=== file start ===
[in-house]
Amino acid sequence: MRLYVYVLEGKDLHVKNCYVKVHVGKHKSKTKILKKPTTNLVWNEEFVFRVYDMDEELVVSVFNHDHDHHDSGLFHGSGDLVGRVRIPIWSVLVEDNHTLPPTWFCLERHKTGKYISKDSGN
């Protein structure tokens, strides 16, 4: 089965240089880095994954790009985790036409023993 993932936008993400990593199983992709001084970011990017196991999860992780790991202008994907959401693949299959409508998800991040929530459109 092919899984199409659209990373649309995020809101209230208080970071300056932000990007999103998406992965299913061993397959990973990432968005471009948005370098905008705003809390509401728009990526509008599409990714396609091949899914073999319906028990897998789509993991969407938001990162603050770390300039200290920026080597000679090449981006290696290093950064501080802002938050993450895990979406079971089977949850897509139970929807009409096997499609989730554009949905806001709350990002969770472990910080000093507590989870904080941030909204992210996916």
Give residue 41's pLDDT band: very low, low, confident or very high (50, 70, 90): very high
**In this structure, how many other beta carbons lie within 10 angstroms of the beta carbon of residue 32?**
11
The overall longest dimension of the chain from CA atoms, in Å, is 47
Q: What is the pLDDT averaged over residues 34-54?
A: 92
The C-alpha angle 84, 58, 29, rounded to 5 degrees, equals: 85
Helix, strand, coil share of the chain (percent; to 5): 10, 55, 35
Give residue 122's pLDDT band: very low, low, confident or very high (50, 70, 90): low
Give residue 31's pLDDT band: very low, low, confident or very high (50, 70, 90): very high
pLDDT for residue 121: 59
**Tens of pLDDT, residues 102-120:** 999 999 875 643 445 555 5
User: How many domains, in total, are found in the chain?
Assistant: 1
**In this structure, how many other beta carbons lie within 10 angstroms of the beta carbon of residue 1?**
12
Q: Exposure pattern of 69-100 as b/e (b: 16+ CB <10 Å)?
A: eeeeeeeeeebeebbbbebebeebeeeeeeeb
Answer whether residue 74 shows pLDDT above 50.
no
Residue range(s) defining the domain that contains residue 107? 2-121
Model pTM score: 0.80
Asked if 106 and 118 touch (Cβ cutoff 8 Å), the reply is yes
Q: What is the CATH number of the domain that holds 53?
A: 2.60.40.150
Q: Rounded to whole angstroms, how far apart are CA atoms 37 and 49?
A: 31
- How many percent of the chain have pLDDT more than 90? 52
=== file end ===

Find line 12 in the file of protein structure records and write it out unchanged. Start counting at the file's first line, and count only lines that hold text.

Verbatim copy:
Give residue 122's pLDDT band: very low, low, confident or very high (50, 70, 90): low